The key to contentment despite your circumstances

By Greg Laurie

For the apostle Paul, it was a fate worse than death. He was chained to a guard, unable to go out and preach the gospel.

Paul was a prisoner of Rome in his own hired house, and he was facing some very difficult circumstances personally. He didn’t know whether he would be acquitted or put to death. Yet in the last chapter of the book of Philippians, we find the picture of a perfectly contented apostle Paul.

In fact, one of the main themes of Philippians is joy. Again and again in his great epistle to the Christians in Philippi, Paul reminds his readers of the importance of rejoicing and says that believers can have joy in the Lord.

So what was the secret of Paul’s contentment and joy despite his circumstances? We find the answer in two words that he used often in Philippians: mind, which appears 10 times in the New King James Version, and think, which appears three times.

In other words, Paul was saying the secret of Christian joy and contentment is found in the way a believer thinks.

Paul wasn’t offering some possibility thinking concept or a shallow self-help principle. This was a man who had been in the nitty-gritty of life. And he was saying, “Here’s how I’ve learned how to have joy and contentment in a troubled world. It’s all in the way you think. It’s the way you perceive things. It’s your attitude.”

For example, we see the principle of single-mindedness throughout Philippians. In chapter 1, Paul said, “For to me, to live is Christ” (verse 21 NKJV). Then, in chapter 3, he said, “But one thing I do, forgetting those things which are behind and reaching forward to those things which are ahead, I press toward the goal for the prize of the upward call of God in Christ Jesus” (verses 13–14 NKJV).

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Paul had a single mind. He knew where he was going in life. And he understood that the main thing was to keep the main thing the main thing. He knew what really mattered in life and had his priorities in order. And first and foremost in his life was Jesus Christ.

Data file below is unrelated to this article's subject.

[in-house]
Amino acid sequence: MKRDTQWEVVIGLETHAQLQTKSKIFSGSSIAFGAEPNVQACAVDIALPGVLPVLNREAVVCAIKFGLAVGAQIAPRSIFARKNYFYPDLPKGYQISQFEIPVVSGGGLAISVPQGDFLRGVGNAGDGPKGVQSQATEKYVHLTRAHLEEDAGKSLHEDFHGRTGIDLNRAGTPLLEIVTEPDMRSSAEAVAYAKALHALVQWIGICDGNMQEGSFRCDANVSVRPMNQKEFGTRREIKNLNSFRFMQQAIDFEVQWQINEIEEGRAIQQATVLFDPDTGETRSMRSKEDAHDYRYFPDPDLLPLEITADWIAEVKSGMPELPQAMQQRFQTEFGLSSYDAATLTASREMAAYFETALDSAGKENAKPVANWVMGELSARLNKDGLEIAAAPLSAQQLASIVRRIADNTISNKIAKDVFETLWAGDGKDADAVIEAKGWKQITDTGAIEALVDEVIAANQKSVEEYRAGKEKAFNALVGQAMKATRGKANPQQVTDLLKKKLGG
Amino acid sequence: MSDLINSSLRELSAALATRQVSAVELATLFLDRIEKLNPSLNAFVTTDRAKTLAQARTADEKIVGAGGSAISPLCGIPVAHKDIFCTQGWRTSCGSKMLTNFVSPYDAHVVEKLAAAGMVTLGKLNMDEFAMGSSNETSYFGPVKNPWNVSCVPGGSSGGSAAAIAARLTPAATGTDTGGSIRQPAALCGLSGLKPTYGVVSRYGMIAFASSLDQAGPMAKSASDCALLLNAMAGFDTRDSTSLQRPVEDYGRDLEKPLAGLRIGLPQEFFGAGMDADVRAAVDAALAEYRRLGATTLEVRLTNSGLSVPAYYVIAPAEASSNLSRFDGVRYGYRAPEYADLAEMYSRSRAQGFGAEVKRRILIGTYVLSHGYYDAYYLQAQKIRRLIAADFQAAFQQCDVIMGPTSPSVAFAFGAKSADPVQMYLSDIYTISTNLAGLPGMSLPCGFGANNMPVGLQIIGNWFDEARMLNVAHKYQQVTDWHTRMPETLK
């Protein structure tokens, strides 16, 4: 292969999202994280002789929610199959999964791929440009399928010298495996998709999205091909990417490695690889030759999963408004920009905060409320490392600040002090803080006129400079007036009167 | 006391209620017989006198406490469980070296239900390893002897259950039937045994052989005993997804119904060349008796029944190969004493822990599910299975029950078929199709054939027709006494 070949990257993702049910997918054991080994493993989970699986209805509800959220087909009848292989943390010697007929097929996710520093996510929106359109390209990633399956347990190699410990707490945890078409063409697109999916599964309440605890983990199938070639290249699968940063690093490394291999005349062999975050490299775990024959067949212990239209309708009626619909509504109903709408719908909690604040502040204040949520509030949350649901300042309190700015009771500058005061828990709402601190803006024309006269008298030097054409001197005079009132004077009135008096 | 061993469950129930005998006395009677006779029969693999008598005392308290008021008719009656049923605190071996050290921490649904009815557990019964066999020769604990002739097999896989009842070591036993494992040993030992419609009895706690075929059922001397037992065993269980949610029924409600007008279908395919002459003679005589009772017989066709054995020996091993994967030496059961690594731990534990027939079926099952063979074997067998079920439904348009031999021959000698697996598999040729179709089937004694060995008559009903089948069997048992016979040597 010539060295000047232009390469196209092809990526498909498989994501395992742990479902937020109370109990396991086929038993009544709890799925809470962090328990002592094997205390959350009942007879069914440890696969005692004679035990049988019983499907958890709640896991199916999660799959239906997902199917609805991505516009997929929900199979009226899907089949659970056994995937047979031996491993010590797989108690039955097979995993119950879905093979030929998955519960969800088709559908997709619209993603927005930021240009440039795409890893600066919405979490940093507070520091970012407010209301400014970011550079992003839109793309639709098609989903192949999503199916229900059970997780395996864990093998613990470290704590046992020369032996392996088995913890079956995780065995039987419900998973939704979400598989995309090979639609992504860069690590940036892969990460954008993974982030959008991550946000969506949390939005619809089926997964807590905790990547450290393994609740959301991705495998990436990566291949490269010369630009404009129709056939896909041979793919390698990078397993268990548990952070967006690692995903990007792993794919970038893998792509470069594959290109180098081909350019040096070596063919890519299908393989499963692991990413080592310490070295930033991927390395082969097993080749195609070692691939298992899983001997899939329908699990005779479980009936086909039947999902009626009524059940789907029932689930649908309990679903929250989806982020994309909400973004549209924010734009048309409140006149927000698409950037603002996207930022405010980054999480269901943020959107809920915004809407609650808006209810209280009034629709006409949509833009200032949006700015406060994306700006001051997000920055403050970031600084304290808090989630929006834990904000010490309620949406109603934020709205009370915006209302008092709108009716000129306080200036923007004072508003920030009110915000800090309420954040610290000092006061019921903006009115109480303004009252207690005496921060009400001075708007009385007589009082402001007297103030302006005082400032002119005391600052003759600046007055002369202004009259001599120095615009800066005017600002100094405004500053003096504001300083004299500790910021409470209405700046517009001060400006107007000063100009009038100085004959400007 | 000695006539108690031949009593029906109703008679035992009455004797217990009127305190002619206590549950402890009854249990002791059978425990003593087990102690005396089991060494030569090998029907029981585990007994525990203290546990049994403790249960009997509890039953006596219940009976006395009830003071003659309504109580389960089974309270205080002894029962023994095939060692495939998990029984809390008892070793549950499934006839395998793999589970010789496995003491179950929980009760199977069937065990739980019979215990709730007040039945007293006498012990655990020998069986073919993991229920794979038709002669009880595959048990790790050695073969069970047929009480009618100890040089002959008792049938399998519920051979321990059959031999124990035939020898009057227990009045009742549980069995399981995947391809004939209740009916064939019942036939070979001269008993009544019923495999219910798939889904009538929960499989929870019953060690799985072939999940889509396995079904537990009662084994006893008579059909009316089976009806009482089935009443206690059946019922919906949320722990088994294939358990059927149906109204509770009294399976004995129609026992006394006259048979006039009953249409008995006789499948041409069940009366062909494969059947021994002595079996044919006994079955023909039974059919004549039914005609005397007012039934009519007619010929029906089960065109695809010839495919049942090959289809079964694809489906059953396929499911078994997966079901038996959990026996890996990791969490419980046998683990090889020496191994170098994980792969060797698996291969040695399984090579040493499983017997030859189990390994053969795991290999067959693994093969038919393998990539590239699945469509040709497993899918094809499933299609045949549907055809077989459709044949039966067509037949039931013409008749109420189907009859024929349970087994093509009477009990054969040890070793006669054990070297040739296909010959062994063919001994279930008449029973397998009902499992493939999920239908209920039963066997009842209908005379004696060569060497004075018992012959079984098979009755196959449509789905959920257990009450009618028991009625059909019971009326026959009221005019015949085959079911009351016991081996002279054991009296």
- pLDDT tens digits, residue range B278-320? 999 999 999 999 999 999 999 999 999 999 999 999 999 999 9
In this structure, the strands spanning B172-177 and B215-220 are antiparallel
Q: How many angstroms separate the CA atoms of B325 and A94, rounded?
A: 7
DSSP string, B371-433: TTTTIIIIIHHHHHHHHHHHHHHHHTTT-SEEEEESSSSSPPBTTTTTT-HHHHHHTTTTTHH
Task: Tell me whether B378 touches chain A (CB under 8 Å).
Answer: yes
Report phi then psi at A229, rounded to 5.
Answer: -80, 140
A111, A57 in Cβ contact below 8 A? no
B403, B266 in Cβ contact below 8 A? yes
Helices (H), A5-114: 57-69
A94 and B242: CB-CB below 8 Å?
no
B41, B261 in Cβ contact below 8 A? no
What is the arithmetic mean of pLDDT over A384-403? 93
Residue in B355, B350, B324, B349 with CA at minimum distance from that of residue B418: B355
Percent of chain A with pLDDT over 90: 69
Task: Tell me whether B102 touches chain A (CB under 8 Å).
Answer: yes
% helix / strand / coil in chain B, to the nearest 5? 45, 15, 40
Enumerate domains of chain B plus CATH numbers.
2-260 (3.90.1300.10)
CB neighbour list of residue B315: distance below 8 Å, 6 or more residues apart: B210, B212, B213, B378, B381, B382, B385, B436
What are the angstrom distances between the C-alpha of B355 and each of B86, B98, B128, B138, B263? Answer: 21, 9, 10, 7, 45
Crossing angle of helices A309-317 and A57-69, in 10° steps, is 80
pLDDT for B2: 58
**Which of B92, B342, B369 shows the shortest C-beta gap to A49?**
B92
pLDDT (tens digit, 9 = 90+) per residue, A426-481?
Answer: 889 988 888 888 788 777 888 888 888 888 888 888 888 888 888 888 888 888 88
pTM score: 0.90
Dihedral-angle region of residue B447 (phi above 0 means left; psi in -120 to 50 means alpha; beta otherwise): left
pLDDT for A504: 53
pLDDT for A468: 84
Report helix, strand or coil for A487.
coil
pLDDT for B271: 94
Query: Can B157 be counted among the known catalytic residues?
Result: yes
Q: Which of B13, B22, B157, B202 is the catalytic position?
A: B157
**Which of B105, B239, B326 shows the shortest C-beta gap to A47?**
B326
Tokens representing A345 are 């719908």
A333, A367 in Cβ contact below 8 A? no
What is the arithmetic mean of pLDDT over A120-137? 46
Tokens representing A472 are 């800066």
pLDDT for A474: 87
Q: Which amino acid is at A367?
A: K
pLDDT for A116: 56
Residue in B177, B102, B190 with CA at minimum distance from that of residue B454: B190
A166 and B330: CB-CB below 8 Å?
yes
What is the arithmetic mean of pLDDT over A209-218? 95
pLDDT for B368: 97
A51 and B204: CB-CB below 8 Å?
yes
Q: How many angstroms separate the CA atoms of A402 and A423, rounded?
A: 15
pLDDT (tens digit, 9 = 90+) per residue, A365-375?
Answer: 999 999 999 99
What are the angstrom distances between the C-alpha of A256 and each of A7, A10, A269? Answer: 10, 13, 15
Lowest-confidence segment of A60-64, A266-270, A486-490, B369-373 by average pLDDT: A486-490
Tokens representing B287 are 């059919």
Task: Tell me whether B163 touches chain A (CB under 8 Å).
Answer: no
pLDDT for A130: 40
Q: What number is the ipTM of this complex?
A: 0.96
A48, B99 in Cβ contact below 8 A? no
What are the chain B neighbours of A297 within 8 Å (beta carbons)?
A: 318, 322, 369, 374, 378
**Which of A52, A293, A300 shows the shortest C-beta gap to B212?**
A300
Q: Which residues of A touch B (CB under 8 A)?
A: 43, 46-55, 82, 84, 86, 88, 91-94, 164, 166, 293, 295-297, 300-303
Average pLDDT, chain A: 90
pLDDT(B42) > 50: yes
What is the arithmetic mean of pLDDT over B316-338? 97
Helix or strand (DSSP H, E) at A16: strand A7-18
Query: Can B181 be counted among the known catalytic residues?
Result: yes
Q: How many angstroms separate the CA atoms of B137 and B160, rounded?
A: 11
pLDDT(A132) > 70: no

In addition, Paul had the mind of Christ. He said in Philippians 2, “Let this mind be in you which was also in Christ Jesus, who, being in the form of God, did not consider it robbery to be equal with God, but made Himself of no reputation, taking the form of a bondservant, and coming in the likeness of men” (verses 5–7 NKJV). That is the mind of a servant, the mind of someone who puts the needs of others above their own.

Next, Paul had the mind of spiritual growth and progression. Paul wasn’t one to rest on his laurels or think he’d reached a state of spiritual perfection. He recognized there was a long way to go. He said in chapter 3, “Not that I have already attained, or am already perfected; but I press on, that I may lay hold of that for which Christ Jesus has also laid hold of me” (verse 12 NKJV).

Third, Paul had a rejoicing mind. He said in chapter 4, verse 4, “Rejoice in the Lord always. Again I will say, rejoice!” (NKJV).

Lastly, Paul revealed the secret of contentment: “Not that I speak in regard to need, for I have learned in whatever state I am, to be content: I know how to be abased, and I know how to abound. Everywhere and in all things I have learned both to be full and to be hungry, both to abound and to suffer need. I can do all things through Christ who strengthens me” (verses 11–12 NKJV).

Remember, Paul was in prison when he made that statement. He didn’t receive his contentment from a theory in a classroom. It was from the school of life.

He’d experienced pain and pleasure, health and sickness, weakness and strength, and wealth and poverty. And he still found complete contentment.

We tend to think that contentment comes from what we have. “If I just had this, then I would be content.” It’s a never-ending pursuit of something that’s always just beyond our grasp.

Yet Paul said, “I have learned in whatever state I am, to be content.” I find it fascinating that he used the word learned. In the original Greek, “learned” was a term the pagans used to speak of some special attainment or an initiation into some hidden truth.

Also, the term Paul used for content is important. It isn’t a word that implied he didn’t care what happened or was numb to what was going on around him. Rather, he used a word that means “self-sufficient.” And in the context of this epistle, he was speaking of sufficiency in Jesus Christ.

So Paul was effectively saying, “Check this out. I’ve found the hidden truth. I’ve found the secret of contentment. It doesn’t matter where I am. I’m content, because it’s all about my relationship with God.”

Contentment isn’t based on what we have; it’s based on whom we know. Hebrews 13:5 tells us, “Let your conduct be without covetousness; be content with such things as you have. For He Himself has said, ‘I will never leave you nor forsake you'” (NKJV).

In other words, “Don’t live that way. Be content with what you have, because God will never leave us or forsake us.” He will be with us, no matter what.

Paul’s contentment came as a result of his close fellowship with Jesus, which lifted him above his circumstances and gave him the strength to deal with whatever he faced.

In the same way, if you’re a follower of Jesus Christ, you can know that the Lord will be with you, no matter what you’re facing in life. That is a great assurance. And that is where you will find contentment.

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